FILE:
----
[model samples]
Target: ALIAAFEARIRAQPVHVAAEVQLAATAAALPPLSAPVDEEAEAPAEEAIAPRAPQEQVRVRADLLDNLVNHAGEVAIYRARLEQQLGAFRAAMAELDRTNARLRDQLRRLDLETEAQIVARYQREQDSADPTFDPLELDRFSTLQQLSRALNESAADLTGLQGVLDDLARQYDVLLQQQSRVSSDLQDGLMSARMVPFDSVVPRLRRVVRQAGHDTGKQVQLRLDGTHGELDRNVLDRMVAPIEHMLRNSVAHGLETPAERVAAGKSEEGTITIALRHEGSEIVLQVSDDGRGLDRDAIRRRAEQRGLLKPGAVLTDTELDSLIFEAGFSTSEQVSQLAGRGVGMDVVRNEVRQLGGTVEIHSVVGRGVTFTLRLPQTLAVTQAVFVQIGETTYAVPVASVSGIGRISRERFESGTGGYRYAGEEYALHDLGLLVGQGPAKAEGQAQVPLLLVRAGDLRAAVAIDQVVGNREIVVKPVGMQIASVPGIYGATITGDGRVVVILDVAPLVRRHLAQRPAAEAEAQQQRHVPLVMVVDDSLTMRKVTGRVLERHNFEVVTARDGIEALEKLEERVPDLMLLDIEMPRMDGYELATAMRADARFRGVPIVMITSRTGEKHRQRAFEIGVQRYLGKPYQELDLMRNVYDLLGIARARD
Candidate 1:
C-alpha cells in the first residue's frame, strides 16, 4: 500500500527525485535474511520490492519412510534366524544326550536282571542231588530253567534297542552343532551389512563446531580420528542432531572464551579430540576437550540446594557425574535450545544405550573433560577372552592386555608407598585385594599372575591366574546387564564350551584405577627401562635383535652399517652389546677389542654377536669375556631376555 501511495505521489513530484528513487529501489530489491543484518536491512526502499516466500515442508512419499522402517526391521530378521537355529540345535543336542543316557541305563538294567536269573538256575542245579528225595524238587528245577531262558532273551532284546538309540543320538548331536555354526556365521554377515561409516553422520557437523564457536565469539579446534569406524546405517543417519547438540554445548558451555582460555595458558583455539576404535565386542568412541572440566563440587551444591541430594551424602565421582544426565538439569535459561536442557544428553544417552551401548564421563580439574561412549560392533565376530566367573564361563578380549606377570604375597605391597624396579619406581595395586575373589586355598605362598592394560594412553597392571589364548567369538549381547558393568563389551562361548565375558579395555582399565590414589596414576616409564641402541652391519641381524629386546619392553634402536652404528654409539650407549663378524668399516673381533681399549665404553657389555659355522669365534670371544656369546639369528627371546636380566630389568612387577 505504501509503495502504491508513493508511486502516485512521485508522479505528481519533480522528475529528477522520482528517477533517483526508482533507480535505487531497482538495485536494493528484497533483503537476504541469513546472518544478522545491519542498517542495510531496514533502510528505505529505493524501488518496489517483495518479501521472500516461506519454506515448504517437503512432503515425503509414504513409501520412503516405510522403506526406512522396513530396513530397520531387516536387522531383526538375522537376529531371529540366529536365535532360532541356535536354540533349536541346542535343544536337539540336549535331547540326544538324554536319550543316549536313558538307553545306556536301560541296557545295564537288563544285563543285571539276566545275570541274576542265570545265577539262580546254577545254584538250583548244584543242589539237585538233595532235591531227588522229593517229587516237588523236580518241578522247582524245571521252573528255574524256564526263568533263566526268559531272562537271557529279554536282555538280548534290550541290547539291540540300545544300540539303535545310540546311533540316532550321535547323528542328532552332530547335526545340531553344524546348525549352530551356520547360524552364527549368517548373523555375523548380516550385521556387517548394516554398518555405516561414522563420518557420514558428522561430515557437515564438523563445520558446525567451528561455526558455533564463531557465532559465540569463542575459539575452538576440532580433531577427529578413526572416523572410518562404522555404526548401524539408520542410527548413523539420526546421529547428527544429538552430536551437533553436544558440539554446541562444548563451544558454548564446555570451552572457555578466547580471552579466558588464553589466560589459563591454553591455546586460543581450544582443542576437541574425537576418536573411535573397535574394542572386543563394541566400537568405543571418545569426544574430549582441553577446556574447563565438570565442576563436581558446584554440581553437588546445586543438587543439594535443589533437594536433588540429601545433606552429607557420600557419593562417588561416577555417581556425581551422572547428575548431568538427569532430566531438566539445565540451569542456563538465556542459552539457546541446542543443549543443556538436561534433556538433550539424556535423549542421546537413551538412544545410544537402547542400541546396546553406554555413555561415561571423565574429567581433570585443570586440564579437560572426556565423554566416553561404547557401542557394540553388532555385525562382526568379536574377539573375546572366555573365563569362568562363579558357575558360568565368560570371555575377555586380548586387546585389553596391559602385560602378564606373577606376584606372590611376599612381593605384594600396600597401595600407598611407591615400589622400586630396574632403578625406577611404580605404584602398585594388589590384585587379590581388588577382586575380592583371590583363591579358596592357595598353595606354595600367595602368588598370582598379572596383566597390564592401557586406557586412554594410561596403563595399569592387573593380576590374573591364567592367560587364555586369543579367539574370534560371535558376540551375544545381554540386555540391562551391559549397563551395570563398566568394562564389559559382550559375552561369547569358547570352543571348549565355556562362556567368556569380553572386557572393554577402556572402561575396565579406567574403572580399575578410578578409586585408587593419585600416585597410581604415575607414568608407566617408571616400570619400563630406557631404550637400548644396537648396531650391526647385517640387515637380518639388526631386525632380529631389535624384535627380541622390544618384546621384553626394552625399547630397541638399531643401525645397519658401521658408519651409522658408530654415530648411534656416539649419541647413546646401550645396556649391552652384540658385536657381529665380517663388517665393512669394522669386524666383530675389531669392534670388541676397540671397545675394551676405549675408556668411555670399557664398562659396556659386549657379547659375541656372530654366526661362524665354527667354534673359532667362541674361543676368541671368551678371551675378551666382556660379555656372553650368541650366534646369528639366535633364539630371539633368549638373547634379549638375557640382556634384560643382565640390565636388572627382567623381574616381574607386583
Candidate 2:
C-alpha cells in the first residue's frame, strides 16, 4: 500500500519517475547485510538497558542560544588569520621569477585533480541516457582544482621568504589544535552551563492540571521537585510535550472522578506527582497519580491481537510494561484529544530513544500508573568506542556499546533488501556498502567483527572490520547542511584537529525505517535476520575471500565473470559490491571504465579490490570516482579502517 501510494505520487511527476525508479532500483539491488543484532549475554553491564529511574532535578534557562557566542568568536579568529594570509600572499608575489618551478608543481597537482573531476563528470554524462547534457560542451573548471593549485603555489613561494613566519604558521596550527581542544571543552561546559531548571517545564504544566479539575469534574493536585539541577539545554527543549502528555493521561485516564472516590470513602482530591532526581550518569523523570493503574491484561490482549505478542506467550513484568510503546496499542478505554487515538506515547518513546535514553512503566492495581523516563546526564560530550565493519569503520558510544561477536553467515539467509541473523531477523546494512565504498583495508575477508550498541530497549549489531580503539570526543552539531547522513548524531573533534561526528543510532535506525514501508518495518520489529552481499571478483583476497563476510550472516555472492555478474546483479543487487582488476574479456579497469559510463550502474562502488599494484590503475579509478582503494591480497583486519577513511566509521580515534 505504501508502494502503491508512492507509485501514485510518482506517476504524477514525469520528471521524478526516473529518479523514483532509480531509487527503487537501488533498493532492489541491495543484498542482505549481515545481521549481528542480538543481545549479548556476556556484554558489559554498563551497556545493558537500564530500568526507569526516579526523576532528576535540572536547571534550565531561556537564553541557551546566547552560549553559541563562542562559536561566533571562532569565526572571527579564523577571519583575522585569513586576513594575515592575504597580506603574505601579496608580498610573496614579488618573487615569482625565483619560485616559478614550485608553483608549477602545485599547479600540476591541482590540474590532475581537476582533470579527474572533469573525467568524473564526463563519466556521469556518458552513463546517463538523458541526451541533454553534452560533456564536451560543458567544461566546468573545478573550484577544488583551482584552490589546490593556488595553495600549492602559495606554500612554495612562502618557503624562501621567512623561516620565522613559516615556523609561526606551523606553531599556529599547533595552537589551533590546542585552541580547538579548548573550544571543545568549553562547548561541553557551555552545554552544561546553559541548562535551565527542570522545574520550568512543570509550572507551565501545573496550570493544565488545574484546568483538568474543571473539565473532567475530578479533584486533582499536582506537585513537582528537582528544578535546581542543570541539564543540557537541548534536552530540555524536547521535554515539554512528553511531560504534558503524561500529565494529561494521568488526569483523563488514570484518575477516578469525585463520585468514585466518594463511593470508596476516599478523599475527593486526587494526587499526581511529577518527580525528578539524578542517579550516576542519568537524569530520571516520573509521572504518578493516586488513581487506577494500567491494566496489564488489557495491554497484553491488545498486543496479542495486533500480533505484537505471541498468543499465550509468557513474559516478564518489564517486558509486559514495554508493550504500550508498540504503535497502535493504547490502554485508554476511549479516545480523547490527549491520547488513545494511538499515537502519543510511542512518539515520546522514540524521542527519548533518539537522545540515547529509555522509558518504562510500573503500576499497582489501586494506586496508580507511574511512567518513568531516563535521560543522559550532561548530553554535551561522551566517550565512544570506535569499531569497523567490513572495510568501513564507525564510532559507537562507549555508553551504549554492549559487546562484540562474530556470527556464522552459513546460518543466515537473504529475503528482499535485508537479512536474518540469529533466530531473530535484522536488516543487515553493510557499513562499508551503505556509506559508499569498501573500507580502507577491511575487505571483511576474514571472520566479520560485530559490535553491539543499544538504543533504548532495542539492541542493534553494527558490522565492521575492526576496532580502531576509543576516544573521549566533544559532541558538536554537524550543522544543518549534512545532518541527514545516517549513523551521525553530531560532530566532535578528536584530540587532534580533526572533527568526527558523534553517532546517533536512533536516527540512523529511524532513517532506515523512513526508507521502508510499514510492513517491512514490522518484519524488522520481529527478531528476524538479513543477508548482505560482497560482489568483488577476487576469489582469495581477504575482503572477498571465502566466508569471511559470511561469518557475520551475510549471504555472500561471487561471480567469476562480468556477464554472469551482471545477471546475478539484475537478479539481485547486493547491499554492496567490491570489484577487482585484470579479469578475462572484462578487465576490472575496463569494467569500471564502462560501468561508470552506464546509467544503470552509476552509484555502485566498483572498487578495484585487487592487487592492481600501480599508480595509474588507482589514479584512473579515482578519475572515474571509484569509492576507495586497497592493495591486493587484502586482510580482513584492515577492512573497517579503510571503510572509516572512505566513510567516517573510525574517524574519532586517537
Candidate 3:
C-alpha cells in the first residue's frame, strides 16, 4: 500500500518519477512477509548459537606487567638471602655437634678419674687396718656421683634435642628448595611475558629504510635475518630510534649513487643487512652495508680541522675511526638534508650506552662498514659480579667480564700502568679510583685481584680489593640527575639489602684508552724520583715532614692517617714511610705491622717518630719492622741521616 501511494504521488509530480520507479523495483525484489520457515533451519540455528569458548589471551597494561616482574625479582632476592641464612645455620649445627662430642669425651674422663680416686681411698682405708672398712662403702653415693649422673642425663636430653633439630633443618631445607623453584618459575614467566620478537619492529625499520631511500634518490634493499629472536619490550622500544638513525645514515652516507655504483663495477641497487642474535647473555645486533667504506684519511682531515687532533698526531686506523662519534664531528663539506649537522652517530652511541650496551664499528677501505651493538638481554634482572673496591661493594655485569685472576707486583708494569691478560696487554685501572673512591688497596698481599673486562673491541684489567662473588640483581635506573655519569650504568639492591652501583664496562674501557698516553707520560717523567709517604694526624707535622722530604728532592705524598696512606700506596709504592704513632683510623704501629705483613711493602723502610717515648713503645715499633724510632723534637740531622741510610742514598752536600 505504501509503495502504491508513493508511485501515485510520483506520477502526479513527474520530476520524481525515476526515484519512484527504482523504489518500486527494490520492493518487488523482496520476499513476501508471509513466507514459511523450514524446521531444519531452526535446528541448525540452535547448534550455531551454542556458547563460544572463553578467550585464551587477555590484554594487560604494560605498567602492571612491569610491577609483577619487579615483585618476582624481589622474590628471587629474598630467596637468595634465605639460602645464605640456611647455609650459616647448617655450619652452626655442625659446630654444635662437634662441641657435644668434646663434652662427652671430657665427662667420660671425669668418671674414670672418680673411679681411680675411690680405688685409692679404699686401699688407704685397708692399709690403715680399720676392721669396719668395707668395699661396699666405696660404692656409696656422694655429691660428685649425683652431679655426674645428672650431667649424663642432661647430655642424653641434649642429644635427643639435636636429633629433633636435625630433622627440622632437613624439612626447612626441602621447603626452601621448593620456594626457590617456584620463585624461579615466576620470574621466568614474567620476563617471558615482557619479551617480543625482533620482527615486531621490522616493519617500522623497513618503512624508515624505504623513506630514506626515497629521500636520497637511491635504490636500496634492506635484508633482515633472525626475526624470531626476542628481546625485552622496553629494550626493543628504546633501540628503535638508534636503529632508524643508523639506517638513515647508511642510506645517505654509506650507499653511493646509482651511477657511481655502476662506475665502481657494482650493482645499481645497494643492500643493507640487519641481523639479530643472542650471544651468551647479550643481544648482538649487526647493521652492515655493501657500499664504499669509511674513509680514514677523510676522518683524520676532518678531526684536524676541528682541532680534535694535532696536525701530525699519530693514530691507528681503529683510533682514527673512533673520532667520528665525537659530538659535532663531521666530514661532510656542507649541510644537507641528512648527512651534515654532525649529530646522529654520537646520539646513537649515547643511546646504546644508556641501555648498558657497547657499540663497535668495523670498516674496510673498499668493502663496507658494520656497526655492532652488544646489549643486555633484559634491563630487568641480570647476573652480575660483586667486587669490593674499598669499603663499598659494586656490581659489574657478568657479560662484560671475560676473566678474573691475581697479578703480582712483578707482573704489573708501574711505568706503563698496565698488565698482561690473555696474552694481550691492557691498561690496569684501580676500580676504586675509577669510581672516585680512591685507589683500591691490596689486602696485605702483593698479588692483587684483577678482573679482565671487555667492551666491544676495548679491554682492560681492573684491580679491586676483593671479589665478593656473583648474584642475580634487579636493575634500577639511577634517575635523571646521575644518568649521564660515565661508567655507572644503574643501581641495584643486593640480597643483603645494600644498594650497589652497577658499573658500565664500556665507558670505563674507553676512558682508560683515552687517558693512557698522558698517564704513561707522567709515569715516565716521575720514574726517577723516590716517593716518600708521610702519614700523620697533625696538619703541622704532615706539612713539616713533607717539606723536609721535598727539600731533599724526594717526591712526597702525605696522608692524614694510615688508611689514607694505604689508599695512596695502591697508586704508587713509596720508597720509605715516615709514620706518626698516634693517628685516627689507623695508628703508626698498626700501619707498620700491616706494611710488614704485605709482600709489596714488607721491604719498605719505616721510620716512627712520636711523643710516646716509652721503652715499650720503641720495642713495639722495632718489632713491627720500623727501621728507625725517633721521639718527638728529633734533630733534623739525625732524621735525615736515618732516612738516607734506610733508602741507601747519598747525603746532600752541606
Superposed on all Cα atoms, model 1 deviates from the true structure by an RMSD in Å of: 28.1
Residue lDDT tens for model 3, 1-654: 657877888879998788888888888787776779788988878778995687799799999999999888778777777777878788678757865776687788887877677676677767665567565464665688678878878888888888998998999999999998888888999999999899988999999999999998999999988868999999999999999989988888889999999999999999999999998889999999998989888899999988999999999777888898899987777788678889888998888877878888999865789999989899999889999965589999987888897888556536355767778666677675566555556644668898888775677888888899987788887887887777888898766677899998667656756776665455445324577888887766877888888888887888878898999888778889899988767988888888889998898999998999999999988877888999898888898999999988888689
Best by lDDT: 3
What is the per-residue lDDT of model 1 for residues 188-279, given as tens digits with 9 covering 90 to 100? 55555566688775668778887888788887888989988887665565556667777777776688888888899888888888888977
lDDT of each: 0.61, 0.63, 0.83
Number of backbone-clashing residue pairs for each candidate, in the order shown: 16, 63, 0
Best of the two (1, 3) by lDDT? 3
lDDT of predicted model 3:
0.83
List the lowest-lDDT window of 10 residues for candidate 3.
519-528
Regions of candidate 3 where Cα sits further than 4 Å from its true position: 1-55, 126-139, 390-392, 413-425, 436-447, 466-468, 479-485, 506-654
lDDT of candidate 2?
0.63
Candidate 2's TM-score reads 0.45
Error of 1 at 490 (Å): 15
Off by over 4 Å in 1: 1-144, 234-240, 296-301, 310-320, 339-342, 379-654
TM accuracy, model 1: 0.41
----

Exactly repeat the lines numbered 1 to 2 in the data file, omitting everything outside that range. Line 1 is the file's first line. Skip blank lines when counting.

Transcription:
[model samples]
Target: ALIAAFEARIRAQPVHVAAEVQLAATAAALPPLSAPVDEEAEAPAEEAIAPRAPQEQVRVRADLLDNLVNHAGEVAIYRARLEQQLGAFRAAMAELDRTNARLRDQLRRLDLETEAQIVARYQREQDSADPTFDPLELDRFSTLQQLSRALNESAADLTGLQGVLDDLARQYDVLLQQQSRVSSDLQDGLMSARMVPFDSVVPRLRRVVRQAGHDTGKQVQLRLDGTHGELDRNVLDRMVAPIEHMLRNSVAHGLETPAERVAAGKSEEGTITIALRHEGSEIVLQVSDDGRGLDRDAIRRRAEQRGLLKPGAVLTDTELDSLIFEAGFSTSEQVSQLAGRGVGMDVVRNEVRQLGGTVEIHSVVGRGVTFTLRLPQTLAVTQAVFVQIGETTYAVPVASVSGIGRISRERFESGTGGYRYAGEEYALHDLGLLVGQGPAKAEGQAQVPLLLVRAGDLRAAVAIDQVVGNREIVVKPVGMQIASVPGIYGATITGDGRVVVILDVAPLVRRHLAQRPAAEAEAQQQRHVPLVMVVDDSLTMRKVTGRVLERHNFEVVTARDGIEALEKLEERVPDLMLLDIEMPRMDGYELATAMRADARFRGVPIVMITSRTGEKHRQRAFEIGVQRYLGKPYQELDLMRNVYDLLGIARARD